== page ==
Delphi

Delphi (/ˈdɛlf, ˈdɛlfi/; Greek: Δελφοί [ðelˈfi]),[lower-alpha 1] in legend previously called Pytho (Πυθώ), in ancient times was a sacred precinct that served as the seat of Pythia, the major oracle who was consulted about important decisions throughout the ancient classical world. The oracle was international in character and also fostered sentiments of Greek nationality, even though the nation of Greece was centuries away from realization. The ancient Greeks considered the centre of the world to be in Delphi, marked by the stone monument known as the omphalos (navel). The sacred precinct was in the region of Phocis, but its management had been taken away from the Phocians, who were trying to extort money from its visitors, and had been placed in the hands of an amphictyony, or committee of persons chosen mainly from Central Greece. According to the Suda, Delphi took its name from the Delphyne, the she-serpent (drakaina) who lived there and was killed by the god Apollo (in other accounts the serpent was the male serpent (drakon) Python).[4][5]

Delphi
Δελφοί
The Athena temple complex, including the Delphic Tholos, photographed from Route 48 just above it. The background is the Pleistos River Valley. The view is looking upstream.
Delphi
Shown within Greece
LocationPhocis, Greece
Coordinates38°28′56″N 22°30′05″E
TypeRuins of an ancient sacred precinct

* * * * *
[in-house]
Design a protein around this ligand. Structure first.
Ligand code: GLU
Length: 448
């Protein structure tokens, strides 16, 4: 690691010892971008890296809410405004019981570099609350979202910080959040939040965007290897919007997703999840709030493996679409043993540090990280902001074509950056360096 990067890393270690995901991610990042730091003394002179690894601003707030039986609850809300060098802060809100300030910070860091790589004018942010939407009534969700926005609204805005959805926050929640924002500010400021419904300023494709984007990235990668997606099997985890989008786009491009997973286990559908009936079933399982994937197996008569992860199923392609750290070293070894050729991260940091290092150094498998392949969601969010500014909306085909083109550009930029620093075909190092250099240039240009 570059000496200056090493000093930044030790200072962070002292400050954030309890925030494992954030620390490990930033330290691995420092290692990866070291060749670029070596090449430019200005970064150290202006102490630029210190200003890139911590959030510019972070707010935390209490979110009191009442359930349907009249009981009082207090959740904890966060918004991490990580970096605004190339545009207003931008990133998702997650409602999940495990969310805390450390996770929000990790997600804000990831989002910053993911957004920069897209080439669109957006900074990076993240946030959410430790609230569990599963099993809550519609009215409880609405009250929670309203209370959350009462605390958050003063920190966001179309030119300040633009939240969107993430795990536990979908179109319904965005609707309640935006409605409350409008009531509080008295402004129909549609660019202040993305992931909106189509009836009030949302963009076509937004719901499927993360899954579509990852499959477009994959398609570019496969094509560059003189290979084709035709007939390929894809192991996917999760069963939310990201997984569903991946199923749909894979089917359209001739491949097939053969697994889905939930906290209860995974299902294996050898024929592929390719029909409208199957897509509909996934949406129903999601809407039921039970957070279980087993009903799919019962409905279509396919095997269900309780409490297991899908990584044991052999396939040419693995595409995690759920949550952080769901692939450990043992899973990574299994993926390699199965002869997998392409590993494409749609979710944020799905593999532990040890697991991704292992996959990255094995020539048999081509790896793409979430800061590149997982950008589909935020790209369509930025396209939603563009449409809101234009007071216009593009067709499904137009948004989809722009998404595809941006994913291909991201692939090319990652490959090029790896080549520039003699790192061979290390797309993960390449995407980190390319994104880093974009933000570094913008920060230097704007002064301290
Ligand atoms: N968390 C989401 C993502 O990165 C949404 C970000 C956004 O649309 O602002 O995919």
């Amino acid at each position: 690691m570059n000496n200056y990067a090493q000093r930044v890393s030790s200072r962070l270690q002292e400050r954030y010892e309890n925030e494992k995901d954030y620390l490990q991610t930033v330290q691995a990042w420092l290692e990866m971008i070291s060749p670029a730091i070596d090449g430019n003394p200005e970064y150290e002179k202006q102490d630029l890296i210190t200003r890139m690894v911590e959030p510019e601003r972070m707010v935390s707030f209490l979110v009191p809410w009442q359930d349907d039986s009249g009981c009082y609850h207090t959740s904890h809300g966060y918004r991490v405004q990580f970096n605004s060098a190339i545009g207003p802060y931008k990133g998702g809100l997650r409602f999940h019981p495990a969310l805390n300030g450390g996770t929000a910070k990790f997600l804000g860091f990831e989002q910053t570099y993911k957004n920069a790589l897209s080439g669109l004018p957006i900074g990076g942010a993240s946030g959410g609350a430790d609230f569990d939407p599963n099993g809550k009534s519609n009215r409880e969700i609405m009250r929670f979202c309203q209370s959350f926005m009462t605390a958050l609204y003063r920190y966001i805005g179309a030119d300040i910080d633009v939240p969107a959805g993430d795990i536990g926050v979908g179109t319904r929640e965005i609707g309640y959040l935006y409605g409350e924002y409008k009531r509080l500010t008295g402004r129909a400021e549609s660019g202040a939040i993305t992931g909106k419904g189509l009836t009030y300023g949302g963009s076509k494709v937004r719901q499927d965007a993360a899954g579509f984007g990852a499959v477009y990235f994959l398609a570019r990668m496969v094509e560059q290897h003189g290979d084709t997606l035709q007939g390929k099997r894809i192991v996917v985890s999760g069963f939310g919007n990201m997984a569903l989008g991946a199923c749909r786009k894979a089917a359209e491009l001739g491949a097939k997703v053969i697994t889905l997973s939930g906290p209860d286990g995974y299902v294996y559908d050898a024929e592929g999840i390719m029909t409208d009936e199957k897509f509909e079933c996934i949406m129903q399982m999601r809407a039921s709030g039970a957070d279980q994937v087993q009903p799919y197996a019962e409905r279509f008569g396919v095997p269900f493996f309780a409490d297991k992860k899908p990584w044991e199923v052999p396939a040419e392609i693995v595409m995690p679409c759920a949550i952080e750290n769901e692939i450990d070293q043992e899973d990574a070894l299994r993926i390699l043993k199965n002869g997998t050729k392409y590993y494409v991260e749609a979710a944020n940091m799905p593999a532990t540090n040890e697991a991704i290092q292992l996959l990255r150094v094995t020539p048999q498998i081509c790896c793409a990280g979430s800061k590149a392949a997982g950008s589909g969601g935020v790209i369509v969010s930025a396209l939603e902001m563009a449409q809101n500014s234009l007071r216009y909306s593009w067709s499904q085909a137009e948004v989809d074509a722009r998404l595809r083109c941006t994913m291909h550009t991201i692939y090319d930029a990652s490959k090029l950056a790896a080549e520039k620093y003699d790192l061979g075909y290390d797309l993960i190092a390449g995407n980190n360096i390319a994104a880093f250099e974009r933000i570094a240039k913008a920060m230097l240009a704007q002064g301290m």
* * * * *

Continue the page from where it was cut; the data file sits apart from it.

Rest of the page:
HeightTop of a scarp 500 metres (1,600 ft) maximum off the valley floor
History
CulturesAncient Greece
Site notes
ArchaeologistsFrench School at Athens
OwnershipHellenic Republic
ManagementMinistry of Culture and Sports
Public accessAccessible for a fee
WebsiteE. Partida (2012). "Delphi". Odysseus. Ministry of Culture and Sports, Hellenic Republic.
Official nameArchaeological Site of Delphi
TypeCultural
Criteriai, ii, iii, iv and vi
Designated1987 (12th session)
Reference no.393
State PartyGreece
RegionEurope
Delphi among the main Greek sanctuaries

The sacred precinct occupies a delineated region on the south-western slope of Mount Parnassus. It is now an extensive archaeological site, and since 1938 a part of Parnassos National Park. Adjacent to the sacred precinct is a small modern town of the same name. The precinct is recognized by UNESCO as a World Heritage Site in having had a great influence in the ancient world, as evidenced by the various monuments built there by most of the important ancient Greek city-states, demonstrating their fundamental Hellenic unity.